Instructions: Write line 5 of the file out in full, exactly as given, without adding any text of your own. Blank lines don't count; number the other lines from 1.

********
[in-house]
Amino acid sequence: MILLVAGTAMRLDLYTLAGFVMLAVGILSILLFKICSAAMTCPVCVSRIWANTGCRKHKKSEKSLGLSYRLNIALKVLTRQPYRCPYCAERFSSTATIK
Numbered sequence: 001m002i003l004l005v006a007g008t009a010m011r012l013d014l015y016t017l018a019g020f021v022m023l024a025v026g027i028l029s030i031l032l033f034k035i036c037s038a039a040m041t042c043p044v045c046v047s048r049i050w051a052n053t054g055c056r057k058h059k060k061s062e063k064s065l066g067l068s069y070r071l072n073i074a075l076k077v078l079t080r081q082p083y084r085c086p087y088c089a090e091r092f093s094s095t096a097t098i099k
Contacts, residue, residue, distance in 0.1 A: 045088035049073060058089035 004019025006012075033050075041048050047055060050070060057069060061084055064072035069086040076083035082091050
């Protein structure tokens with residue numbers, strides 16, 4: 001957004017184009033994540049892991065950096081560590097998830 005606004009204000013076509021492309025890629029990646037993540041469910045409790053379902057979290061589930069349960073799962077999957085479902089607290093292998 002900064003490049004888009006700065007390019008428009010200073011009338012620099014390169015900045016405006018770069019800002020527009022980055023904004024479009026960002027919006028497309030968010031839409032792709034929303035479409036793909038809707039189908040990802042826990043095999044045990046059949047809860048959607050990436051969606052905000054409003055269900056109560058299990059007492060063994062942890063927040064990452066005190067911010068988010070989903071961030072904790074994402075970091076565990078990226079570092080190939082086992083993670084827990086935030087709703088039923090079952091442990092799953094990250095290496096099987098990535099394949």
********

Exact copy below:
């Protein structure tokens with residue numbers, strides 16, 4: 001957004017184009033994540049892991065950096081560590097998830 005606004009204000013076509021492309025890629029990646037993540041469910045409790053379902057979290061589930069349960073799962077999957085479902089607290093292998 002900064003490049004888009006700065007390019008428009010200073011009338012620099014390169015900045016405006018770069019800002020527009022980055023904004024479009026960002027919006028497309030968010031839409032792709034929303035479409036793909038809707039189908040990802042826990043095999044045990046059949047809860048959607050990436051969606052905000054409003055269900056109560058299990059007492060063994062942890063927040064990452066005190067911010068988010070989903071961030072904790074994402075970091076565990078990226079570092080190939082086992083993670084827990086935030087709703088039923090079952091442990092799953094990250095290496096099987098990535099394949």